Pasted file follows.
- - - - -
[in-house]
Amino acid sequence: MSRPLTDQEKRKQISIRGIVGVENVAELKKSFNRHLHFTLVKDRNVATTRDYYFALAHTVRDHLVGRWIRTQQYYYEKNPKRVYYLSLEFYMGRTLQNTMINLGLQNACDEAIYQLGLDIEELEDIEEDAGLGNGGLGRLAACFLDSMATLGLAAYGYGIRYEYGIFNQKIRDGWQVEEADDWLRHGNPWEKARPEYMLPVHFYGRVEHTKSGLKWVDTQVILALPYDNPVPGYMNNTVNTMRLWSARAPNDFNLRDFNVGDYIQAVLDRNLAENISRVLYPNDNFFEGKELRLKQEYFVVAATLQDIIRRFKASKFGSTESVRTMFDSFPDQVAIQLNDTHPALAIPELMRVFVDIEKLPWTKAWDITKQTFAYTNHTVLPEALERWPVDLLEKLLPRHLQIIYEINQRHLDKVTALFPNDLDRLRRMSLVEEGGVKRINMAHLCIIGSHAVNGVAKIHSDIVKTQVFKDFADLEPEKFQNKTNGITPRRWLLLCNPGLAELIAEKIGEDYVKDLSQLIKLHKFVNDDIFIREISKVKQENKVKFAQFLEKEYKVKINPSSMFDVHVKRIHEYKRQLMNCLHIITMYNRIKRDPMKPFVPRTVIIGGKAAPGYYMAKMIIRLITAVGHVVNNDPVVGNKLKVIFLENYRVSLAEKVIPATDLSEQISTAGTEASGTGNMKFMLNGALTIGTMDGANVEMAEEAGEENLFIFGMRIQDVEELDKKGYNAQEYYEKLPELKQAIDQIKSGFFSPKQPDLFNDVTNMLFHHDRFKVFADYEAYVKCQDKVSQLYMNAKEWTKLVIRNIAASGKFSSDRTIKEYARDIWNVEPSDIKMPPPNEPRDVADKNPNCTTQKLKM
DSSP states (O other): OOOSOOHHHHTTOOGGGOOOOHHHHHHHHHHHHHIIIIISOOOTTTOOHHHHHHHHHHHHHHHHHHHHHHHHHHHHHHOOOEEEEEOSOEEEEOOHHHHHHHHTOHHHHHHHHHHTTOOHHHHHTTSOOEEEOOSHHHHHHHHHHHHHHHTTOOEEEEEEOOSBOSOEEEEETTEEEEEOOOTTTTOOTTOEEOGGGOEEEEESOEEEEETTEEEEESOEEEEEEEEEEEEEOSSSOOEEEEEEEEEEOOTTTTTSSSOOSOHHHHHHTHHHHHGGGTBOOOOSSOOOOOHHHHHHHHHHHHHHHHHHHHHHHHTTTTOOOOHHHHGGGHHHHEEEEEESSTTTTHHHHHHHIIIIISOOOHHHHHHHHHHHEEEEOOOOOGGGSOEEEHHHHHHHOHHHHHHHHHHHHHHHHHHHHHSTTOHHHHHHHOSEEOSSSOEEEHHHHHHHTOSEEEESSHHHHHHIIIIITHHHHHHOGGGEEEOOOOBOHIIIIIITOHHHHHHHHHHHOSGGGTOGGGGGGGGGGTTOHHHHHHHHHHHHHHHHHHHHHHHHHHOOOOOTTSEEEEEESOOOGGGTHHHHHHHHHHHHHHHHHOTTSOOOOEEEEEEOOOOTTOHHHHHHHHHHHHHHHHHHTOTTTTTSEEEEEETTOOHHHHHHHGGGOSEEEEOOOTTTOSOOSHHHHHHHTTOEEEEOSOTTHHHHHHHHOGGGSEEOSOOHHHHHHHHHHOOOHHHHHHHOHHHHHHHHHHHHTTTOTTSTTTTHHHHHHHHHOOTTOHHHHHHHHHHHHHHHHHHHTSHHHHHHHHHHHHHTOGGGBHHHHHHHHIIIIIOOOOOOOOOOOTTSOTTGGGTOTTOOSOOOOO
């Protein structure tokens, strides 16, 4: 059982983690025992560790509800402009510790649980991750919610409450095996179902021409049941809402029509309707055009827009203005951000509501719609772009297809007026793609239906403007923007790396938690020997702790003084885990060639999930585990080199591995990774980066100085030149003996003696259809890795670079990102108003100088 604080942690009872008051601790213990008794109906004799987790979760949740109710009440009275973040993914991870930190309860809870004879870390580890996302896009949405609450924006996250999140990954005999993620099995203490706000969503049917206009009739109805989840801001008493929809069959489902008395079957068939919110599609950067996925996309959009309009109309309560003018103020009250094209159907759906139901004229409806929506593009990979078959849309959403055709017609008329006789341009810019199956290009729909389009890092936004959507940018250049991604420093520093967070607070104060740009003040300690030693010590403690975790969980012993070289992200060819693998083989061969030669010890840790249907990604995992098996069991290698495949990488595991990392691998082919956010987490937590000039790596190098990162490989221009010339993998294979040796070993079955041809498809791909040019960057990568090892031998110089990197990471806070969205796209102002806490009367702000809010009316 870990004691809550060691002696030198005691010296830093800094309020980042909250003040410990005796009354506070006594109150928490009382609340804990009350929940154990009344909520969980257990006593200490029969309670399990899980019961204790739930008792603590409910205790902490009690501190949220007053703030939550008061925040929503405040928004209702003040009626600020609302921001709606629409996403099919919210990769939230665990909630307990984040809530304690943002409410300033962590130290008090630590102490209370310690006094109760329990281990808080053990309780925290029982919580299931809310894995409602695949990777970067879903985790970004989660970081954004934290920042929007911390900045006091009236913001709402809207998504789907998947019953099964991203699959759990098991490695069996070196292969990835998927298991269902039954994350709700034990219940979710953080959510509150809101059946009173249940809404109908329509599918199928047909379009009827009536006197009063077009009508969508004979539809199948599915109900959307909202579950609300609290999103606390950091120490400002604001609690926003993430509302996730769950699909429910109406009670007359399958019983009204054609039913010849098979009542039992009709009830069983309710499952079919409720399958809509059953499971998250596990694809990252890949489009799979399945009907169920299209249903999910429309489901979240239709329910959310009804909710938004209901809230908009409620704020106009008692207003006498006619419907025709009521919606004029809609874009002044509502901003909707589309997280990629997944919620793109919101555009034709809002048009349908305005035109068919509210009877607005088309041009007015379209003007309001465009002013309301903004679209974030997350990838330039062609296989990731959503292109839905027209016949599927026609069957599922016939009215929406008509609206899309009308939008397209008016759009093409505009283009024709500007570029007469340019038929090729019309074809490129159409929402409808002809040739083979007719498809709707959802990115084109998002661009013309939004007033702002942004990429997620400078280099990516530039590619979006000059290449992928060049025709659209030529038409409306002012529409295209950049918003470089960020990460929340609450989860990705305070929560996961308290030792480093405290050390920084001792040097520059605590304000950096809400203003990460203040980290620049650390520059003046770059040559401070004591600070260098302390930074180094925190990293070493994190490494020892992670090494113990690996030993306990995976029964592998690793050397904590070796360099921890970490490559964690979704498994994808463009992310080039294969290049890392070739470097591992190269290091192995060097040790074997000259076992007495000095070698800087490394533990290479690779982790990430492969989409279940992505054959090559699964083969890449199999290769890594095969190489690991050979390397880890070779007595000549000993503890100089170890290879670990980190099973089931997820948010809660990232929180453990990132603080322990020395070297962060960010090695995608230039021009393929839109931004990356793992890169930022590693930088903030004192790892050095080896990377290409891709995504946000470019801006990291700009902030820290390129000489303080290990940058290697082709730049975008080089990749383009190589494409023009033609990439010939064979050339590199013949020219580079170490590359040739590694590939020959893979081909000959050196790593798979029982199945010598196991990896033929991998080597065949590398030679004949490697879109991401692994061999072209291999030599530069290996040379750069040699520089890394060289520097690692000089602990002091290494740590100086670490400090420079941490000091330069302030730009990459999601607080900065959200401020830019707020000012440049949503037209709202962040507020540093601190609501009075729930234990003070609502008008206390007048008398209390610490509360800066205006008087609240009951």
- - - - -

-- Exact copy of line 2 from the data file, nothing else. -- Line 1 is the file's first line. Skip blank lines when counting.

Amino acid sequence: MSRPLTDQEKRKQISIRGIVGVENVAELKKSFNRHLHFTLVKDRNVATTRDYYFALAHTVRDHLVGRWIRTQQYYYEKNPKRVYYLSLEFYMGRTLQNTMINLGLQNACDEAIYQLGLDIEELEDIEEDAGLGNGGLGRLAACFLDSMATLGLAAYGYGIRYEYGIFNQKIRDGWQVEEADDWLRHGNPWEKARPEYMLPVHFYGRVEHTKSGLKWVDTQVILALPYDNPVPGYMNNTVNTMRLWSARAPNDFNLRDFNVGDYIQAVLDRNLAENISRVLYPNDNFFEGKELRLKQEYFVVAATLQDIIRRFKASKFGSTESVRTMFDSFPDQVAIQLNDTHPALAIPELMRVFVDIEKLPWTKAWDITKQTFAYTNHTVLPEALERWPVDLLEKLLPRHLQIIYEINQRHLDKVTALFPNDLDRLRRMSLVEEGGVKRINMAHLCIIGSHAVNGVAKIHSDIVKTQVFKDFADLEPEKFQNKTNGITPRRWLLLCNPGLAELIAEKIGEDYVKDLSQLIKLHKFVNDDIFIREISKVKQENKVKFAQFLEKEYKVKINPSSMFDVHVKRIHEYKRQLMNCLHIITMYNRIKRDPMKPFVPRTVIIGGKAAPGYYMAKMIIRLITAVGHVVNNDPVVGNKLKVIFLENYRVSLAEKVIPATDLSEQISTAGTEASGTGNMKFMLNGALTIGTMDGANVEMAEEAGEENLFIFGMRIQDVEELDKKGYNAQEYYEKLPELKQAIDQIKSGFFSPKQPDLFNDVTNMLFHHDRFKVFADYEAYVKCQDKVSQLYMNAKEWTKLVIRNIAASGKFSSDRTIKEYARDIWNVEPSDIKMPPPNEPRDVADKNPNCTTQKLKM